It's kind of strange, my wife and I just recently rented Rob Roy. I remember hearing that it was quite good when it was released in the 90's. And although I can't say it was a bad film, I can't really say it was all that satisfying. It had it's moments but it is not one that will linger with any real distinction in my mind. Usually films in that time frame intrigue me and it was a little disappointing to see such an average film with a pretty good cast. On the other end of the rainbow, you have this film. Now even though this is not exactly the same time frame, it is that "type of film". You know, old England, old France, old whatever. It is pre-1900's. I put all kinds of films into this category. Anything from Braveheart to Man In The Iron Mask to Quills all falls neatly into this type of category. Just like you would say anything from Nosferatu to Nightmare On Elm Street is horror, anything pre-1900 is in this "type of film" category.

The Count of Monte Cristo is in one word, AMAZING. There are two reasons I wanted to see this film. One is the trailer had me completely intrigued and the second is because I really enjoyed the book and the film version of "Sleepers". That was the Robert Deniro, Kevin Bacon, Brad Pitt, Dustin Hoffman and Barry Levinson film where several youths are sent to a boys prison for an innocent enough mistake that cost someone their life. In the film the boys are tormented by Kevin Bacon and his entourage of prison guards and one of the things that keeps them going is the book, The Count of Monte Cristo. When one of the boys is first given the book, he looks at the authors name and says, " by Alexander Dumb Ass?" and his friend replies, "that's Doomaa, read it, it's about a guy that escapes from prison and takes revenge on the ones that hurt him." That is not the line verbatim, but you get the point. Ever since seeing this film I have wanted to read the book. Never getting the opportunity to do so, when the film was advertised, I was, needless to say, excited.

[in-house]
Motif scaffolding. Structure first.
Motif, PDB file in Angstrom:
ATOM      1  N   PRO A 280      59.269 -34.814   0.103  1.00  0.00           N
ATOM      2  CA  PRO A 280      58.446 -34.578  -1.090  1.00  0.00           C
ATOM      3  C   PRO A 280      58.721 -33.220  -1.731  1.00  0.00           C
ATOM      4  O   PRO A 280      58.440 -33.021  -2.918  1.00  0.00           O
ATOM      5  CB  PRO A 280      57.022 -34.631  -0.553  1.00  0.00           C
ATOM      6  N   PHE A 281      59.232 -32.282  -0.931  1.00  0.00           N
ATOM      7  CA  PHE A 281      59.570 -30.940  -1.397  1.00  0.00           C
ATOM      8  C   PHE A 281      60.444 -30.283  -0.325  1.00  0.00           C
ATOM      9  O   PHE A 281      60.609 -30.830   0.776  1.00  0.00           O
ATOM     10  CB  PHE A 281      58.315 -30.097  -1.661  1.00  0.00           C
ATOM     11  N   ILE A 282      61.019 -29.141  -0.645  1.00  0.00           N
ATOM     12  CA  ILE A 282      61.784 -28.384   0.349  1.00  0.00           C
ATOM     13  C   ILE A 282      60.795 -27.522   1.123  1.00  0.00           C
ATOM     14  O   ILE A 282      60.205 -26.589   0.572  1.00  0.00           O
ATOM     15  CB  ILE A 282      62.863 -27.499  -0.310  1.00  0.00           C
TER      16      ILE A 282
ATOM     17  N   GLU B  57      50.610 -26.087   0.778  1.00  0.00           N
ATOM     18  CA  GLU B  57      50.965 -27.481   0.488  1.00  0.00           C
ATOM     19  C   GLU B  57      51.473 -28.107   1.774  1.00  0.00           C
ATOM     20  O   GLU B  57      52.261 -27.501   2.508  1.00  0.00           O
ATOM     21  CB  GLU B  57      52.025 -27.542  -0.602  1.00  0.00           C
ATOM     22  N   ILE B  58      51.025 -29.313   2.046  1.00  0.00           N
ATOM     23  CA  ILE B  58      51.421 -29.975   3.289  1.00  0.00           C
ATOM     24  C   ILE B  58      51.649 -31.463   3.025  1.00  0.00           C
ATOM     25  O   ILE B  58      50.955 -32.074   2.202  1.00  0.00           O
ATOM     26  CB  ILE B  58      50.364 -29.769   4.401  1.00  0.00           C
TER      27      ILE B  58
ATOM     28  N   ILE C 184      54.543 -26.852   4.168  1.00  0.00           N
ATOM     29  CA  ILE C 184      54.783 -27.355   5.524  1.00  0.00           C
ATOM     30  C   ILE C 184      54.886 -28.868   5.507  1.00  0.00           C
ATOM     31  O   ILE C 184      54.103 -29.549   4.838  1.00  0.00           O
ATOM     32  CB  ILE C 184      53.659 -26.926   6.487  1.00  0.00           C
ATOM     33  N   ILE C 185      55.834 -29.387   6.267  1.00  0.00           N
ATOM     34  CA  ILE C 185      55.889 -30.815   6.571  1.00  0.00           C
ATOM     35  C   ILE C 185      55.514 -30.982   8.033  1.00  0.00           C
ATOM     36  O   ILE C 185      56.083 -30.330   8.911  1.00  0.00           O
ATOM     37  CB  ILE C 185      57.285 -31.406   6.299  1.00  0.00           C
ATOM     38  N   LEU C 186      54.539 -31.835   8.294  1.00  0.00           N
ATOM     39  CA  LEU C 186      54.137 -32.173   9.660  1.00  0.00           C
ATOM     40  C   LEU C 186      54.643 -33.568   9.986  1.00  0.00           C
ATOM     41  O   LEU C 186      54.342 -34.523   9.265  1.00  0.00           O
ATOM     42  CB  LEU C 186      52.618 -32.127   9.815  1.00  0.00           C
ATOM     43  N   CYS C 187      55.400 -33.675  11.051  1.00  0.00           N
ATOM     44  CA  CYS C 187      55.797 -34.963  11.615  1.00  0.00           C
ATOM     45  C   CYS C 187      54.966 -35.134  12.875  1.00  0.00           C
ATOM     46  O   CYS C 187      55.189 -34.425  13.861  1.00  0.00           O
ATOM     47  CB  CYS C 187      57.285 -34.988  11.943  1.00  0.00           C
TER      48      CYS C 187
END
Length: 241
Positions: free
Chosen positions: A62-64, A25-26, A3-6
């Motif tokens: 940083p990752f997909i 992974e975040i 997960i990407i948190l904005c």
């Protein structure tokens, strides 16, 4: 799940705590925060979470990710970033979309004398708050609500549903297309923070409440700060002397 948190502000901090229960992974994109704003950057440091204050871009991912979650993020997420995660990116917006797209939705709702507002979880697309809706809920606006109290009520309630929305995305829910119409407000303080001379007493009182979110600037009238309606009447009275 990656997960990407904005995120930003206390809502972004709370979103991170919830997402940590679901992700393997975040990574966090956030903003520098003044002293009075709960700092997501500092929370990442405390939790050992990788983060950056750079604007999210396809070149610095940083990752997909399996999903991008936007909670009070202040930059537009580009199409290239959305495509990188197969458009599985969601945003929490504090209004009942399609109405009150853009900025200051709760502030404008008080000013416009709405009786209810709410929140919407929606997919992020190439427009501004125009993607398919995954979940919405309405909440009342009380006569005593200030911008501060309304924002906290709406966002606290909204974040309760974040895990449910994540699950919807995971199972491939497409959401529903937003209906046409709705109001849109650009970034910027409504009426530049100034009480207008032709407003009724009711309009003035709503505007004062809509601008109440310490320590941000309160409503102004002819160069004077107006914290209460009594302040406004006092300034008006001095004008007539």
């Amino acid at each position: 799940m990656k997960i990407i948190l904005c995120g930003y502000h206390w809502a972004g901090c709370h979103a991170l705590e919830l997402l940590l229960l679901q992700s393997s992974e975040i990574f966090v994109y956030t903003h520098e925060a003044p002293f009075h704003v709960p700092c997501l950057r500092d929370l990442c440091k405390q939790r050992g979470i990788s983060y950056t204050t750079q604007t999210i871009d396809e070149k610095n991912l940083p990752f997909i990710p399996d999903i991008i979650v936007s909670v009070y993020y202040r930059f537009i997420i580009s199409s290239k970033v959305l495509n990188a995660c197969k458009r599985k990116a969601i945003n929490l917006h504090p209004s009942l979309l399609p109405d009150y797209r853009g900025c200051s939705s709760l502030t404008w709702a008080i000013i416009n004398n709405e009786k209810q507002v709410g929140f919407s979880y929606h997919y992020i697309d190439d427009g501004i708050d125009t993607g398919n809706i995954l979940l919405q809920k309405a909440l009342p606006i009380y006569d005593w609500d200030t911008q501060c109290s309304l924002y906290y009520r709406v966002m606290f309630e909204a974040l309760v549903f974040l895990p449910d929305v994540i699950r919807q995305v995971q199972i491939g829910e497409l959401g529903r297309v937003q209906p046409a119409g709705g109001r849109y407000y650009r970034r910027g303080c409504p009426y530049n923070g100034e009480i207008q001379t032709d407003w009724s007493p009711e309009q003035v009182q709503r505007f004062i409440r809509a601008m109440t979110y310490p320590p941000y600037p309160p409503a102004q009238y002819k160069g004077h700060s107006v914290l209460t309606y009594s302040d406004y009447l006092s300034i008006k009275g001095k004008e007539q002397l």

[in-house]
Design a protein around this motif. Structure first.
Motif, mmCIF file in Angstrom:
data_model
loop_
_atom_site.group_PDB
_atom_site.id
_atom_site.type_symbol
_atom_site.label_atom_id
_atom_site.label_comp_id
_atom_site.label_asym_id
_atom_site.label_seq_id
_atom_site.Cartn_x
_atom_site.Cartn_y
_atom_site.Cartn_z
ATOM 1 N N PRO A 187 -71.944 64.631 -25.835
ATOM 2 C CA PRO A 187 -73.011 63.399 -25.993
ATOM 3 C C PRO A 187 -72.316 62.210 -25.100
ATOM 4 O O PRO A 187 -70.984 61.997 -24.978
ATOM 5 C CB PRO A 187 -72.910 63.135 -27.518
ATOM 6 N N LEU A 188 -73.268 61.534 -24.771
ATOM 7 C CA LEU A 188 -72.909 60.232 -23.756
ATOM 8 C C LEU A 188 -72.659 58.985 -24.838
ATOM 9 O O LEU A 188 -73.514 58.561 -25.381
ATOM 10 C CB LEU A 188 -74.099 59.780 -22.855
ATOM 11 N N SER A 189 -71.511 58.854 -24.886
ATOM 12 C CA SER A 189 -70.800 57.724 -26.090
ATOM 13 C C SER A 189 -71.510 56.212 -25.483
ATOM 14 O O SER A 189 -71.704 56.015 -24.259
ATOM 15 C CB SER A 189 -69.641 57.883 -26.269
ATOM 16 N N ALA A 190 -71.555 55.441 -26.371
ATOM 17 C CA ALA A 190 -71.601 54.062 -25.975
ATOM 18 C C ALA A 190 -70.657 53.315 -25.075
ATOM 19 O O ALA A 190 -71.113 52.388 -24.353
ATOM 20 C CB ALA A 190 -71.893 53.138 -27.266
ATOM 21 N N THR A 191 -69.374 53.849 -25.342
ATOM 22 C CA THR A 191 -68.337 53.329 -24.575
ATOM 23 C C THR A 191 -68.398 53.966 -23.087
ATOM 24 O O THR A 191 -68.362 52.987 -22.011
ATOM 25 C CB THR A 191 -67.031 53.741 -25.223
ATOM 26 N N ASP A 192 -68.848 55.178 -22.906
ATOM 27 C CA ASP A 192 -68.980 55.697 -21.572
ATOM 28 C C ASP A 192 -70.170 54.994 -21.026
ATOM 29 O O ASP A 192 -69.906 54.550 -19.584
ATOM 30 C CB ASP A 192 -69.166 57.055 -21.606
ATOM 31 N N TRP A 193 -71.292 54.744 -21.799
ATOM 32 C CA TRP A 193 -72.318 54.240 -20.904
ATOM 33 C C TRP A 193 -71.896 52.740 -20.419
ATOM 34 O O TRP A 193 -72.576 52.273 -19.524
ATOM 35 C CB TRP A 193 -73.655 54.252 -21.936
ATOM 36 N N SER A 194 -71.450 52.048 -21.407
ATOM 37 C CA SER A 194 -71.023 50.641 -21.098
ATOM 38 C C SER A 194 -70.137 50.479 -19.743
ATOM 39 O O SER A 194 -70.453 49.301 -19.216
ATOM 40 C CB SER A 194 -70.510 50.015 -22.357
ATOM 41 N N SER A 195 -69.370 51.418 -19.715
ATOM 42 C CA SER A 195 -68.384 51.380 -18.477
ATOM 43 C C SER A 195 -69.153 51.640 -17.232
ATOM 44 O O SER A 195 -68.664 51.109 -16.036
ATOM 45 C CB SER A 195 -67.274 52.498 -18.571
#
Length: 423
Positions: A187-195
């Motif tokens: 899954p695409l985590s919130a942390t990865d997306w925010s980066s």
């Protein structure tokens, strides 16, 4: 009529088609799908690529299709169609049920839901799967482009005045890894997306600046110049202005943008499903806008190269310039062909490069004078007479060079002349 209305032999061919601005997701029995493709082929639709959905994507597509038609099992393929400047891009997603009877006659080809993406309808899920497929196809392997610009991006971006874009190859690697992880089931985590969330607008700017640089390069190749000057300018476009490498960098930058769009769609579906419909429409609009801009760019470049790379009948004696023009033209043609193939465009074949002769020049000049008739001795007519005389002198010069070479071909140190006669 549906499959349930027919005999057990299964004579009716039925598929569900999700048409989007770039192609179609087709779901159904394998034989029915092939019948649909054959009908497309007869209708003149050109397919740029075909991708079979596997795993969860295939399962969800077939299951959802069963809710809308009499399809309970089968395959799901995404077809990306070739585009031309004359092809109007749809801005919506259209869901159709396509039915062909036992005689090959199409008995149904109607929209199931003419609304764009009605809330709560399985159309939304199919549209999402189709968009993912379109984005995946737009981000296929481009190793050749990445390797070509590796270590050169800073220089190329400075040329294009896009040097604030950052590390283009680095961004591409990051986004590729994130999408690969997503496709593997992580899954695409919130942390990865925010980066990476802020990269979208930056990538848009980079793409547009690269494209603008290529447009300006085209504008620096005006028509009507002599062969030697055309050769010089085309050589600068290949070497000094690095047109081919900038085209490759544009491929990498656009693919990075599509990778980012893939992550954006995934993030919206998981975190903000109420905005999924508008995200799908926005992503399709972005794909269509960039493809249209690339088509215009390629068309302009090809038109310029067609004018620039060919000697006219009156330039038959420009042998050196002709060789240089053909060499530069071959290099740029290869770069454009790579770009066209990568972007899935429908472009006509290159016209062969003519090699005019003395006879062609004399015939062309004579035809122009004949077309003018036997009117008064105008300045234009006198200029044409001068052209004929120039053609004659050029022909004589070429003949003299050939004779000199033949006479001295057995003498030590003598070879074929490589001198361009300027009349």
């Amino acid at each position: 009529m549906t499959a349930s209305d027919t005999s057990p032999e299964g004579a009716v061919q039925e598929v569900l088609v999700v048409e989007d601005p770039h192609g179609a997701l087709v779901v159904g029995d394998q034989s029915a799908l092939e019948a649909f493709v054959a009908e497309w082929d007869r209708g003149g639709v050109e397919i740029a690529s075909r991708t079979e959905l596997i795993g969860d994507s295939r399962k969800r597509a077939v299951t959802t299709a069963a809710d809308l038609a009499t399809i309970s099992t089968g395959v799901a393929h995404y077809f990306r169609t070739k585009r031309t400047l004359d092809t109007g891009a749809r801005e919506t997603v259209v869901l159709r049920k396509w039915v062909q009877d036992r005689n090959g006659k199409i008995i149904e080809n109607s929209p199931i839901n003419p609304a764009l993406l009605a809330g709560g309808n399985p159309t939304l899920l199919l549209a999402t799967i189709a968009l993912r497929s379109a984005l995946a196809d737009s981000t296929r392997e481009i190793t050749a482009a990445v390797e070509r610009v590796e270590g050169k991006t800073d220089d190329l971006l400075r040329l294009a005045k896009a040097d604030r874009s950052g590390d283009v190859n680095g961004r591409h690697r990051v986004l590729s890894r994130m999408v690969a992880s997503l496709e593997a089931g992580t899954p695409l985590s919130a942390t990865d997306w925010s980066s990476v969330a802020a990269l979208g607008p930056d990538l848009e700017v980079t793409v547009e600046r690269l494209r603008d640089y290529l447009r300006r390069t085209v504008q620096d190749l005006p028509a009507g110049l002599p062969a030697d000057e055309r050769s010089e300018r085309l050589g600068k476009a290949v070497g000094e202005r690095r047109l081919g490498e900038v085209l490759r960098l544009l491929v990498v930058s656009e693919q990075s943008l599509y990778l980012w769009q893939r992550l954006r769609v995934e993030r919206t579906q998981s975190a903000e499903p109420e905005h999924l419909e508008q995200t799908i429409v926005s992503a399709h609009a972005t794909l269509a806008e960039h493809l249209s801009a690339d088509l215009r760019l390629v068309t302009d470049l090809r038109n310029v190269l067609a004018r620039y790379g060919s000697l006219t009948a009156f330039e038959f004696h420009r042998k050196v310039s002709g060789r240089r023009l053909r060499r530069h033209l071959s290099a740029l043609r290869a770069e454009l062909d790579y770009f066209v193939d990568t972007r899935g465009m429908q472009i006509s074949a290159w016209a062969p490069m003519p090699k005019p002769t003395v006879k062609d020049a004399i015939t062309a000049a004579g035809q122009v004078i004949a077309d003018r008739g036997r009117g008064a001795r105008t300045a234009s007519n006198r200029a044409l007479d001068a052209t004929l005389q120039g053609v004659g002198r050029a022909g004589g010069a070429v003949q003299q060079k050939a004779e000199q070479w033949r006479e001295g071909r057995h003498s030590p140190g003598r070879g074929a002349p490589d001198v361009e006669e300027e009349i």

The Count of Monte Cristo is the ultimate tale of revenge. It is a story that has stood the test of time because it is probably everyone's fantasy to right the unjust wrongs that have been comitted against them. And oh what fun it is to imagine yourself finding a buried treasure and then making yourself a king or a count? To have everything usurped from you only to take it all back twenty fold is not only intriguing, it is absolutely diabolical and gives you a sense of power. Perhaps that is why the story transcends generations and time frames. Because it is a story and a concept that we can all relate to, perhaps not out of experience but because we have all dreamed about it. A simple man makes a decent living, is thrown into prison for a crime he didn't commit and then escapes and finds some hidden treasure and becomes the richest man in the world and extracts revenge. How can that not sound intriguing?